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Night classes answer for working students

by Kristin Ching, staff writer

After a hard day’s work, Marisa Seril, 21, spends her evenings, not relaxing and having a drink with friends or hitting the clubs, but instead, taking night classes at HPU.

“ Because I work full time, taking night classes seems like my only option if I want to graduate by December,” she said. Her motto is, “Get in, get out, get a job.”

For students who work during the day, HPU’s alternate schedule offers a convenient way to get a college degree. Night classes provide students with an opportunity to “get class over with in a huge chunk,” Seril said.

Life can still be pretty hectic for working students. “It’s exhausting since it’s right after work, and everything is rush, rush, rush, and then ‘bam’ everyone in class has to sit patiently through a three-hour lecture,” Seril said.

Another student, Kekoa McClellan, 19, is trying hard to graduate as soon as possible. “I love night classes, I think they’re great,” he said.

McClellan, who took night classes this summer, is grateful for the opportunity to “get it all done in one shot.”

He would actually like HPU to offer more classes at night. “I’d be able to take what I want to take, rather than what’s available,” he said. He likes night classes because they “let me work and go to school at the same time,” McClellan added.

Flexibility is also important to Siri Masterson, 20, who also works during the day and takes classes at night. “It fills my schedule pretty well,” she said.

Evening classes are also a good option for those who want to avoid the average two or three trips to a class a week. “I think that HPU is the only school providing an alternate schedule,” Masterson said.

However, Masterson realizes that some people do not like taking night classes because they are three hours long. “If there were no break it, would be hell.”

Seventy percent of the students who go to HPU’s Adult Service Center (ASC) for help, choose to take evening, weekend, or online classes, said ASC Director Shirley Zhuang. The center currently serves over 600 students, not including those at military campuses or register online.

ASC caters to those who have commitments to a family or a full-time job. It usually assists students over age 25, especially those who have been out of school for a while. ASC advisor, Mary June calls the office a “one-stop shop” where students can register and get advice about their classes.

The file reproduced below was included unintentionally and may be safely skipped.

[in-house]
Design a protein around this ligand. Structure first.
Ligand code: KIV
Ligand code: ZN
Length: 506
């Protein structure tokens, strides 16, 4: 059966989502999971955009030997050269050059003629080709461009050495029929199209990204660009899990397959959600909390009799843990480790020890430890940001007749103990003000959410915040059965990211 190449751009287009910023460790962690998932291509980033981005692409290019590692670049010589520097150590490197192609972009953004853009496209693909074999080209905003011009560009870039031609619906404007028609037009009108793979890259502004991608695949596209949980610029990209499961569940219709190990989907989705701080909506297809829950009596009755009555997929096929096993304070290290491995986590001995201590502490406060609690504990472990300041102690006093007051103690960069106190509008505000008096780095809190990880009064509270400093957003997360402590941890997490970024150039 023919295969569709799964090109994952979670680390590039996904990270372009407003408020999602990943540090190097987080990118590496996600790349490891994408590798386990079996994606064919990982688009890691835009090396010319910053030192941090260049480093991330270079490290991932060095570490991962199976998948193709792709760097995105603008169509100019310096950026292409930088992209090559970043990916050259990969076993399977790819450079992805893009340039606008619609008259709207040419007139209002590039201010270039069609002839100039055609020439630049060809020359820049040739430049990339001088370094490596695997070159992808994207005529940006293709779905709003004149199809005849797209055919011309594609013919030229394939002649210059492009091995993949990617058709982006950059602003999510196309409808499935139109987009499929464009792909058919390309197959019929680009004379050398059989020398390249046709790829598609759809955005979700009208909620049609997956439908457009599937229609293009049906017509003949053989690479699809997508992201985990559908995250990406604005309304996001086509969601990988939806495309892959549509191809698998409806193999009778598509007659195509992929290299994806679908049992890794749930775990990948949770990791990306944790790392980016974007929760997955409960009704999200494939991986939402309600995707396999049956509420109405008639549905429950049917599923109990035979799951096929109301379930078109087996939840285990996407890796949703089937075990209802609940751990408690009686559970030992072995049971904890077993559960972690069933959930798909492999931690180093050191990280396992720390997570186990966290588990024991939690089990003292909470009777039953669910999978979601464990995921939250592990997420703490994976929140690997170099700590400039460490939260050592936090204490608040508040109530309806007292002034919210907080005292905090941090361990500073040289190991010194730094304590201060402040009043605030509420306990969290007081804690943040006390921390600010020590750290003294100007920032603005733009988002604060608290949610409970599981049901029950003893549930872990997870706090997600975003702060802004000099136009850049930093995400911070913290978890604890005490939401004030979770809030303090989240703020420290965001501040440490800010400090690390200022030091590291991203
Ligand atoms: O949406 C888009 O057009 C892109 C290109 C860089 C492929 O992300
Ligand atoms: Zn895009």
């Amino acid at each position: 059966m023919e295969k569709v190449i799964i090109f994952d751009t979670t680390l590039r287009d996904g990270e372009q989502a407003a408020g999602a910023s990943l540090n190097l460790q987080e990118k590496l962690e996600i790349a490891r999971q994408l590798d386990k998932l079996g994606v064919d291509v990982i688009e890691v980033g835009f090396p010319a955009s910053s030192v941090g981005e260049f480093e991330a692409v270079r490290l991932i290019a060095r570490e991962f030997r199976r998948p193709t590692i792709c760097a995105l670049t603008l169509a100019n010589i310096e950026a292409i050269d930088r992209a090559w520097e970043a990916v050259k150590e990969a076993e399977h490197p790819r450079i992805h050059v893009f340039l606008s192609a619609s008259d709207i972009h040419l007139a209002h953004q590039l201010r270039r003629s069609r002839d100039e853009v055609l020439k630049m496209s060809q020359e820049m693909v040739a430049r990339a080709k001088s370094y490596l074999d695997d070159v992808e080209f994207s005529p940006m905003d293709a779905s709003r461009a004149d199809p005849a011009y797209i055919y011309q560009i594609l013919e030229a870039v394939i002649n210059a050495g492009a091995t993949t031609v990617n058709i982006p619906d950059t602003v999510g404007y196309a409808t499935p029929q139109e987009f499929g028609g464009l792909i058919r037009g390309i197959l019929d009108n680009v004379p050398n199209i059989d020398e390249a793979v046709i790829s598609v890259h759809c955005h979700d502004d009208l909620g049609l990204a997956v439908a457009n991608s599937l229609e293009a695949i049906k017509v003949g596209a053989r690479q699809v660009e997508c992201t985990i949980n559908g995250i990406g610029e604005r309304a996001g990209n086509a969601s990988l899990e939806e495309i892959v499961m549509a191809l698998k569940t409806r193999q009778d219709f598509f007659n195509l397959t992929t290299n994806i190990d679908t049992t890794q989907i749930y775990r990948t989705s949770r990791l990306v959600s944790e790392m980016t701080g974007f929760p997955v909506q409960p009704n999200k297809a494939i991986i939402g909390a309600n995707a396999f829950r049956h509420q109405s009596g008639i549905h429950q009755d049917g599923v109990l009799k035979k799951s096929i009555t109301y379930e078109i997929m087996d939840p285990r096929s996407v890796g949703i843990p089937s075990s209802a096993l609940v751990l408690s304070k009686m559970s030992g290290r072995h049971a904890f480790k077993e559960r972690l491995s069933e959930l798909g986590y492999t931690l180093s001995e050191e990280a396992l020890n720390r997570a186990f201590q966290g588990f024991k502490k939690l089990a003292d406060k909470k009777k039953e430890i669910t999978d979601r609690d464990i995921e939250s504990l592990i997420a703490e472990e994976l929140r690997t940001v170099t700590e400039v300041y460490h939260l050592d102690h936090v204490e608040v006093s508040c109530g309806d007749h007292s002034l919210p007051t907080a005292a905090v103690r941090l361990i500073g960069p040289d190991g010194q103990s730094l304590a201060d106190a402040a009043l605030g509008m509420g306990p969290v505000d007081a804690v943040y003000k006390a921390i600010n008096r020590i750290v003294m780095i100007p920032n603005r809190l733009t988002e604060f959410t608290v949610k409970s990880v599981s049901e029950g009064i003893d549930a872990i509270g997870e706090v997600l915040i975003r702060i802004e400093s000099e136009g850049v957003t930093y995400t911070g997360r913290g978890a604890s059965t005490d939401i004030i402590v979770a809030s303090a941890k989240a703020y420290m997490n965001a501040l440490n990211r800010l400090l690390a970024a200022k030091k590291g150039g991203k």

While taking night classes is convenient for those who work full time, some students are doing it because it’s the only time they can enroll in certain courses.

Other students, like Christine Ah Yee, 31, would rather be with their kids at night instead of being in class. “I don’t like night [classes]. I want to be in class when my children are in class,” she said.
However, Ah Yee also explained that many of the courses she needs to graduate are only offered at night. “That’s what’s preventing me from going to get my master’s.”

For whatever reasons students take night classes, enrollment is high, said Zhuang. “Evening classes are usually filled and we often ask the deans for overload permission.”

Although HPU has no policy on rotating day and evening classes, other big factors involved in scheduling night or day classes include program requirements, faculty availability, and cost effectiveness.

When developing a night schedule, “the deans give preference to graduate courses and courses that cater to the adult students,” said Dr. Leslie Correa, assistant vice president for academic administration.

Of the 900 course sections HPU offers each semester, most classes are scheduled during the day because there is more time available from 7:30 a.m. to 5:05 p.m., he said. Correa also explained that night classes are “one of the most popular,” but only run from 5:15 p.m. to 8:10 p.m. “We use all of our classrooms consistently during that time at both downtown and Hawai‘i Loa campuses.”

Since the number of available classrooms is limited, HPU is not planning to increase the number of night classes offered in the near future, said Correa. For now, they are focusing on a schedule with “a good mix of upper-division and lower-division classes.”




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